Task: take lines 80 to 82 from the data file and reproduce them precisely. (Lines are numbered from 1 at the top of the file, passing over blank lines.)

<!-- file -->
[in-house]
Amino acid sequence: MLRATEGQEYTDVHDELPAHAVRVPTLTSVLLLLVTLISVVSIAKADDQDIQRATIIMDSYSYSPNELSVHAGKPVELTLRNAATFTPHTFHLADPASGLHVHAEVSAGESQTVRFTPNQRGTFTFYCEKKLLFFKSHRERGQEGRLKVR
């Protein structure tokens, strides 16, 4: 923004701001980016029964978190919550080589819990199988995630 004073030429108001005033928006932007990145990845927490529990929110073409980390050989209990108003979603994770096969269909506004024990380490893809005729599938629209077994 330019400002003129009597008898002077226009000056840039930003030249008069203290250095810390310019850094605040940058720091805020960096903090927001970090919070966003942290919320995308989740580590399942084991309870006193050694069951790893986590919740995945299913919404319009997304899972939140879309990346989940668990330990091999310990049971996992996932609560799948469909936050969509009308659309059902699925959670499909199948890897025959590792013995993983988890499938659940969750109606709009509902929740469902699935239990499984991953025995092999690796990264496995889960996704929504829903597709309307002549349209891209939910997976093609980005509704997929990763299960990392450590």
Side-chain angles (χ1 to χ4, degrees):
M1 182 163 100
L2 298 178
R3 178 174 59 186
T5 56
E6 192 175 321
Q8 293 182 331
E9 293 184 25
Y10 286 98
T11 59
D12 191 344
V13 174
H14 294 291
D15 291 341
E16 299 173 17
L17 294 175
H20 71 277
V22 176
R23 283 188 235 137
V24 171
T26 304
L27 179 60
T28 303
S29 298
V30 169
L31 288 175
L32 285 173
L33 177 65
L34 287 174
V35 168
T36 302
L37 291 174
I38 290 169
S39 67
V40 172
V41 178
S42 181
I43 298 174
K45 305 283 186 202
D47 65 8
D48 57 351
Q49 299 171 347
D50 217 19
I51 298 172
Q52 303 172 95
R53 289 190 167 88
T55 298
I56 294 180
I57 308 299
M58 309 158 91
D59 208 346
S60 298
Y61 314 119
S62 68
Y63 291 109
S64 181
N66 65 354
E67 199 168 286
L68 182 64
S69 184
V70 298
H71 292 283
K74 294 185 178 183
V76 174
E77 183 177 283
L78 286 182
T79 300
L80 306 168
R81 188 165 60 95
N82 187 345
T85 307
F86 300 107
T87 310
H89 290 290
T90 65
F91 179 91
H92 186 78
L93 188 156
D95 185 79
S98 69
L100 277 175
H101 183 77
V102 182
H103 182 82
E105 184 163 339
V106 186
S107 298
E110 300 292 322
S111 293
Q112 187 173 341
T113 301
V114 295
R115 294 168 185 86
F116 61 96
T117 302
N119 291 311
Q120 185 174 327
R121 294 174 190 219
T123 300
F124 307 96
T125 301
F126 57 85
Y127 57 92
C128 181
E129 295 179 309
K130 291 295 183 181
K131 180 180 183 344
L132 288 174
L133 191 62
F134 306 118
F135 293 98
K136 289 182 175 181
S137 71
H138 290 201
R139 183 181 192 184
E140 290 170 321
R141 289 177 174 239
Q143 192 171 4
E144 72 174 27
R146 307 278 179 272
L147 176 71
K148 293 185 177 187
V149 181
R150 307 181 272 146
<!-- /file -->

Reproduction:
H92 186 78
L93 188 156
D95 185 79